26/04/2019

The Future of Work in the spotlight of the World OSH Day

Inspired by the ILO centenary anniversary, the world day for safety and health at work on 28 April 2019 looks to the future or work and its impact on occupational safety and health. In particular, the ILO has identified four areas: Technology, demographics, sustainable development, and work organisation.

We are seeing rapidly advancing technologies affect almost every aspect in the world of work. Digitalization, robotics, and the use of nanotechnology, among others, have revolutionized the workplace but have simultaneously raised serious OSH concerns.

The global workforce is in constant flux. In certain regions, youth populations are expanding, while in others, populations are ageing. Gender gaps in the labour market persist in both developed and developing countries, and women are more likely to work in non-standard work arrangements and in home-based platform work.

Human induced climate change is a major driver transforming the world of work. Air pollution from coal mining, for example, directly impacts the health of miners, but also indirectly affects workers’ health in other industries around them, as well as the general public. While the increase of green jobs and industries will promote low-carbon societies and may reduce hazardous work in traditional sectors such as mining, green jobs may also give rise to emerging and unknown risks, such as exposure to chemicals in the recycling sector.

The demands of an increasingly globalized world have led to a growing number of workers involved in excessive hours of work and non-standard forms of employment. The growth of the globalized platform economy has blurred the lines between home and work – on one hand reducing the stress associated with commuting and increasing self-reliance, while on the other hand, creating unique psychosocial pressures for workers attempting to balance the demands of work life and home based responsibilities.

Like the ILO, EU-OSHA is also looking at the future of work, although this may be a misnomer as these changes are happening now. Occupational safety and health bodies and professionals have to adapt to these changes and act to ensure that the changes do not have a negative impact on workers’ health and safety.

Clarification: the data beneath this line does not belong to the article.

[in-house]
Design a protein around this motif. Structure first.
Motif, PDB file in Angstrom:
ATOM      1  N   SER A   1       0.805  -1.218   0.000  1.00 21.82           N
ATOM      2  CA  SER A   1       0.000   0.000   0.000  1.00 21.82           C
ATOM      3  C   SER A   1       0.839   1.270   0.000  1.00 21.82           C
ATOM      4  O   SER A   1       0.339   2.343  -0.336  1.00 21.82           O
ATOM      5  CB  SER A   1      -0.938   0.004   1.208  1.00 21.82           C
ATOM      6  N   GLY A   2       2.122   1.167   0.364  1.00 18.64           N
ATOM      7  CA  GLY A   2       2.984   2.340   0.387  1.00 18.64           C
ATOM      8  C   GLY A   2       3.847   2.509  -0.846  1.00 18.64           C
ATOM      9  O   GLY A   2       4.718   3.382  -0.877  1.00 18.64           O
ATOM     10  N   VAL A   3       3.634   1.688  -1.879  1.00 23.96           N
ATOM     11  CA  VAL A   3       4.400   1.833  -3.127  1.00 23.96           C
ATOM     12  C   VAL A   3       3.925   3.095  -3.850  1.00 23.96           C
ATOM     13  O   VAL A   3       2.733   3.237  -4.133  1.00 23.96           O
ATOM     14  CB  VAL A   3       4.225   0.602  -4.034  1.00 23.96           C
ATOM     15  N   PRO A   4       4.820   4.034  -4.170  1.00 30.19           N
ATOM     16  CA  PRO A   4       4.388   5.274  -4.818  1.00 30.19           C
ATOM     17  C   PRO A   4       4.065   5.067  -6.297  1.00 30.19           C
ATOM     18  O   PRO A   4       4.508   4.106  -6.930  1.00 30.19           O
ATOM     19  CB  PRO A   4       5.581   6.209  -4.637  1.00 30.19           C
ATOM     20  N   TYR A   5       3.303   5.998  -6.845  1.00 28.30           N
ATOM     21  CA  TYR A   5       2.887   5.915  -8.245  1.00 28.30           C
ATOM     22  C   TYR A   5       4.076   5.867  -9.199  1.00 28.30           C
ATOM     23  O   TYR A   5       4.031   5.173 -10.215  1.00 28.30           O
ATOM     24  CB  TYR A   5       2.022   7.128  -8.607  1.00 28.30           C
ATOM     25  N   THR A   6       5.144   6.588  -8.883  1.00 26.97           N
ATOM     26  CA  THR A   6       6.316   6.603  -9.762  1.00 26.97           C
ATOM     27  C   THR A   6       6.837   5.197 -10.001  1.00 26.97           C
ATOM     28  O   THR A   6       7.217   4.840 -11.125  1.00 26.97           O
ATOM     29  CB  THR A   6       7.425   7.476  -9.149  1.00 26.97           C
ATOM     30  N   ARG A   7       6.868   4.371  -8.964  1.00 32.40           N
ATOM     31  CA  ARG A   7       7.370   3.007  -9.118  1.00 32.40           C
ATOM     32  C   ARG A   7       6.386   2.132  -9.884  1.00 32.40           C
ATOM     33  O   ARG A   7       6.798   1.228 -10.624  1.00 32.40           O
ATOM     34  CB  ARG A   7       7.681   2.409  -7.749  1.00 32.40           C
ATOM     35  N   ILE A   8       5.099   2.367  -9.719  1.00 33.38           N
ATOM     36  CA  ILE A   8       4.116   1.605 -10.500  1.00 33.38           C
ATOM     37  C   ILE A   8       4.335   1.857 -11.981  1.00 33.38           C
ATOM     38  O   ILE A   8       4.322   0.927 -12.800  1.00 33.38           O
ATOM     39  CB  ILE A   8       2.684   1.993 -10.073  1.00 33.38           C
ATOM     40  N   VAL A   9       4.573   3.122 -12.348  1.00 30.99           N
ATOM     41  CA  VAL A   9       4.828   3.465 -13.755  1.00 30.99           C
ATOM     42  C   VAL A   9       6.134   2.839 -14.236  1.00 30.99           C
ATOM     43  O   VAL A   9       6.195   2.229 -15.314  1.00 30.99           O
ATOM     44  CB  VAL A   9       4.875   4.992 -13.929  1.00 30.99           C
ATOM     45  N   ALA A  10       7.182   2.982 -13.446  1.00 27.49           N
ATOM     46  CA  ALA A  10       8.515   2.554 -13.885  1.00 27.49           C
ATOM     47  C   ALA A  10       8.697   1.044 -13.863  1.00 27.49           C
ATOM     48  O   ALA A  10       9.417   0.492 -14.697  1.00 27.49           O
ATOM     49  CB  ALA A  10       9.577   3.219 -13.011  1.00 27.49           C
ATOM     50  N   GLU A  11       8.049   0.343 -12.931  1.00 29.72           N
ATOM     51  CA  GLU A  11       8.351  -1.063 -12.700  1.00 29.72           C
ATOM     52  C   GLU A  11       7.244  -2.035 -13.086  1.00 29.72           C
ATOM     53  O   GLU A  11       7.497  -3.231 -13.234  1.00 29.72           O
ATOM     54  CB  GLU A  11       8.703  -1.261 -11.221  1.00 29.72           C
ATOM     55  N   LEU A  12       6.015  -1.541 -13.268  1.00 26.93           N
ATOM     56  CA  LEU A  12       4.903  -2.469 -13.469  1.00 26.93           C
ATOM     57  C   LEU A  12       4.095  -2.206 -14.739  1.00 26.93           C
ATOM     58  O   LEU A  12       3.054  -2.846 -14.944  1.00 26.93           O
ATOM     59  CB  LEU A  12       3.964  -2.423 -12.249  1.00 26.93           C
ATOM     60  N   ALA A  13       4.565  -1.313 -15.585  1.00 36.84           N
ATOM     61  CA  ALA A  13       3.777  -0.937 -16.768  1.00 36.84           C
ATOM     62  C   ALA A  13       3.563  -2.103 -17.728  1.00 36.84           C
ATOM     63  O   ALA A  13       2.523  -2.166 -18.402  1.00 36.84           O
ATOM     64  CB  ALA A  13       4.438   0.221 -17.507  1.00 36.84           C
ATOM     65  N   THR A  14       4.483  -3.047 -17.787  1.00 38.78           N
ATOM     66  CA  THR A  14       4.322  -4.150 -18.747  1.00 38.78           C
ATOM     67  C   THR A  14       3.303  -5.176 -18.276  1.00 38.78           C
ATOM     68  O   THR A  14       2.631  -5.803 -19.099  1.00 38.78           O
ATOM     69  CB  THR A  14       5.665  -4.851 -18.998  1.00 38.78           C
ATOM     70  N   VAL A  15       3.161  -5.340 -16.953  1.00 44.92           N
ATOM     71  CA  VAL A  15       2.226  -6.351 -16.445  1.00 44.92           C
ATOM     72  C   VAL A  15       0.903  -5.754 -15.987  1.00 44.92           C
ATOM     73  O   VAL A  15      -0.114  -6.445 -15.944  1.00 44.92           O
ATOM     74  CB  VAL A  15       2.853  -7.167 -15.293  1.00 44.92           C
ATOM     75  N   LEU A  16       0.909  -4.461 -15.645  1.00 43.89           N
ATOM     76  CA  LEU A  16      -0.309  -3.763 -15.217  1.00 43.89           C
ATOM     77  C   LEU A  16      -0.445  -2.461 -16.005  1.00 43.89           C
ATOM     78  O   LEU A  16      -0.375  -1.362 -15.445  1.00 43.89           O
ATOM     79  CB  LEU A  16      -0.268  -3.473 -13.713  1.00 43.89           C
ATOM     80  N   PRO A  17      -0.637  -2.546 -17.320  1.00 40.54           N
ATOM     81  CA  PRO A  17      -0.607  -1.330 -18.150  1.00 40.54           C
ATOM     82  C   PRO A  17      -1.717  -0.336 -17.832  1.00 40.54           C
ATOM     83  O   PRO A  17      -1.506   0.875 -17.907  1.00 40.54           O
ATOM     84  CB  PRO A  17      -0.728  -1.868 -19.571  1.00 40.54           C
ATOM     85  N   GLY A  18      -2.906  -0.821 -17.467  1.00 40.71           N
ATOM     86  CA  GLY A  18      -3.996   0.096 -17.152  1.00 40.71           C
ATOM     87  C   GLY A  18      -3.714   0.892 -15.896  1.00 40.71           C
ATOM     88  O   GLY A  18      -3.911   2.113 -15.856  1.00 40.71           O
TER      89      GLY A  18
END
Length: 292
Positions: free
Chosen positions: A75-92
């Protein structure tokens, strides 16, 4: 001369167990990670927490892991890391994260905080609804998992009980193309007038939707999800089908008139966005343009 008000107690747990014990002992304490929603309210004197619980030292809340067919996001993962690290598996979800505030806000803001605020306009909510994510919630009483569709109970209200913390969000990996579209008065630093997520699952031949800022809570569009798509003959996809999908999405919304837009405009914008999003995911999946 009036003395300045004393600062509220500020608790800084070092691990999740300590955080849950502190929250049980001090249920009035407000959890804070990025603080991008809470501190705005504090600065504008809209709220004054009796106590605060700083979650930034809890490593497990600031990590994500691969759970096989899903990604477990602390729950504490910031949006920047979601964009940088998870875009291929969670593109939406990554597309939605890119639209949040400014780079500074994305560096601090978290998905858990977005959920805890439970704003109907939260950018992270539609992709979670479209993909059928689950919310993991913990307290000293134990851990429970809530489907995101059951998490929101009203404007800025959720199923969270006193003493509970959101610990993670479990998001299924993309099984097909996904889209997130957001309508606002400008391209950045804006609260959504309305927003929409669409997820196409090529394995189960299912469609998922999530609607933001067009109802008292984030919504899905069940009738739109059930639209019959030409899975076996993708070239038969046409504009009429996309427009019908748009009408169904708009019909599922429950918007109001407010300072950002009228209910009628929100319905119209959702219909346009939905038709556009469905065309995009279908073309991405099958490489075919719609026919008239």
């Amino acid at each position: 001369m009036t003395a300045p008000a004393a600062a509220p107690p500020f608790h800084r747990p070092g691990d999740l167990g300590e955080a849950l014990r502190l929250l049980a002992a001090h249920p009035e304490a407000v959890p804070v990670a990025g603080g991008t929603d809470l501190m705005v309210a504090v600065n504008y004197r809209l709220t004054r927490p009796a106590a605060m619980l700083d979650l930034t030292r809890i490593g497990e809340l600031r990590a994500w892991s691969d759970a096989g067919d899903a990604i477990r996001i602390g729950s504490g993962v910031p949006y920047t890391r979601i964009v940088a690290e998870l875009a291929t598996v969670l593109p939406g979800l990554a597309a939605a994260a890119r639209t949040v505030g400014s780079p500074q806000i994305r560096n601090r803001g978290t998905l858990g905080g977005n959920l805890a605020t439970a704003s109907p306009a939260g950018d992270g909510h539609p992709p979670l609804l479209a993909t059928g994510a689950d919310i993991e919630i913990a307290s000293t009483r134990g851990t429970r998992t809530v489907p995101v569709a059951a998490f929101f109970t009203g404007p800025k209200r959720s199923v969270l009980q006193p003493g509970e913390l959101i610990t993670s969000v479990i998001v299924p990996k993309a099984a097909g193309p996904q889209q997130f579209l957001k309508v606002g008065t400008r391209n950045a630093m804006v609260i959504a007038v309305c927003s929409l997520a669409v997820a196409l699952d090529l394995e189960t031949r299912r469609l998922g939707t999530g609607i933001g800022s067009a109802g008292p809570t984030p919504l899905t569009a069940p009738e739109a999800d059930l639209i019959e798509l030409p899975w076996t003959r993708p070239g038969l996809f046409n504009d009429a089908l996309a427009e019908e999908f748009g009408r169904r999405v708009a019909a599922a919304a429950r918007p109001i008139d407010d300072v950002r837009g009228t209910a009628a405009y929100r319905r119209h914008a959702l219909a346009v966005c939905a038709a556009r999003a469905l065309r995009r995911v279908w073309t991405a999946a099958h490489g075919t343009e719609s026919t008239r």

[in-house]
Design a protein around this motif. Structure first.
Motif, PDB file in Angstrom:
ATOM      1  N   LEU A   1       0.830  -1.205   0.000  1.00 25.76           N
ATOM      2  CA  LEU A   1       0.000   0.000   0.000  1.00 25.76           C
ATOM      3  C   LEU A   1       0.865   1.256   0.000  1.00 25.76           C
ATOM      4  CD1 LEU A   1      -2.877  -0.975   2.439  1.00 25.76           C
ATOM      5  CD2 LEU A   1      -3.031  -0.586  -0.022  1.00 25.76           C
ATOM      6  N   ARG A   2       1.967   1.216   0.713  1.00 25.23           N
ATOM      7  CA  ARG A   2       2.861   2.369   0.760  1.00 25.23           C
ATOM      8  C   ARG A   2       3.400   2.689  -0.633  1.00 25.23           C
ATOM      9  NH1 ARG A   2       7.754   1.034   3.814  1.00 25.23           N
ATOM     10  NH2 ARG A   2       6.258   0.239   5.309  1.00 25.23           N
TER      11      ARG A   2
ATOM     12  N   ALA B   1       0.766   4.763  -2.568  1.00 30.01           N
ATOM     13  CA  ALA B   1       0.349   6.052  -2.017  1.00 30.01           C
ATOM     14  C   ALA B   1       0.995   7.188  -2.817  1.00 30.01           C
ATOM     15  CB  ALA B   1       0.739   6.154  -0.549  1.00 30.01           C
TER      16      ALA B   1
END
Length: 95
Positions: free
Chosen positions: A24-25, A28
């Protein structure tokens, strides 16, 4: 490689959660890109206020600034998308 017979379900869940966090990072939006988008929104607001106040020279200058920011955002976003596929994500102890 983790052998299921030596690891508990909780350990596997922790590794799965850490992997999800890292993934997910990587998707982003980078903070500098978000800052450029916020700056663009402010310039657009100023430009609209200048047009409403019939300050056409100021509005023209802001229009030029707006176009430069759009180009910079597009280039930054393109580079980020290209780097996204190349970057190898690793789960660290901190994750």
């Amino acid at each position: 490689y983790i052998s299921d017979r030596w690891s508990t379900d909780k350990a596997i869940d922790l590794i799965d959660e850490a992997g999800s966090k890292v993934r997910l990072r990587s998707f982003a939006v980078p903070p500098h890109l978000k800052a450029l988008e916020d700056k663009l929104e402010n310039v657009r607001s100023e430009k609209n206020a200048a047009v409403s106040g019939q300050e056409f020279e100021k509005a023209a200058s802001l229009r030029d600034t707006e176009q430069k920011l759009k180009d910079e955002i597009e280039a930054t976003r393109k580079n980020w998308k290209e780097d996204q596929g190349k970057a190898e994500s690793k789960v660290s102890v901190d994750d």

This is not to say that change is only negative. Technological change may remove workers from dangerous situations, may improve job quality (by reducing the number of monotonous tasks), and can improve work/life balance (e.g. by working from home using ICT).

Labour inspectorates may see benefits, through the effective use of aggregated data, implementing non-traditional compliance approaches, offering digital access to training (e.g. webinars), providing tools for compliance monitoring (risk assessment tools), better environmental monitoring, and improved work recording (using laptops/tablets) to record inspections.

However, all too often changes in the workplace do not stop the worker from paying the price for poor prevention. This is tragic and regrettable because, as research and practice over the past century has repeatedly demonstrated, this suffering is largely preventable.

EU-OSHA has carried out much work relating to the future of work. In particular, the Agency has been looking at digitalisation and the impact of the platform “gig” economy.

Robotics, is a rapidly changing topic as we are now letting the robots “out of the cage”. Until recently, robots were isolated in their manufacturing role, segregated from workers to avoid accidents. Now the robot (AI) may be your boss or co-worker! This change may have a benefit to workers’ safety and health (e.g. by removing the worker from a confined or otherwise dangerous location) but also may have an impact on the psychosocial wellbeing of the worker. 

Other areas of work by EU OSHA include:

A more general theme that needs further investigation is the use of “big data”. This offers great potential for organisations to become more effective, but there are downsides depending on how it is used. Not only privacy issues, but there are dangers in information overload and a potential impact on critical decision-making.

Work is ever-changing and the need to protect workers is not going to go away. The work of the ILO and EU-OSHA will continue to examine how we can gain the benefits of work without paying for it in human lives and human health.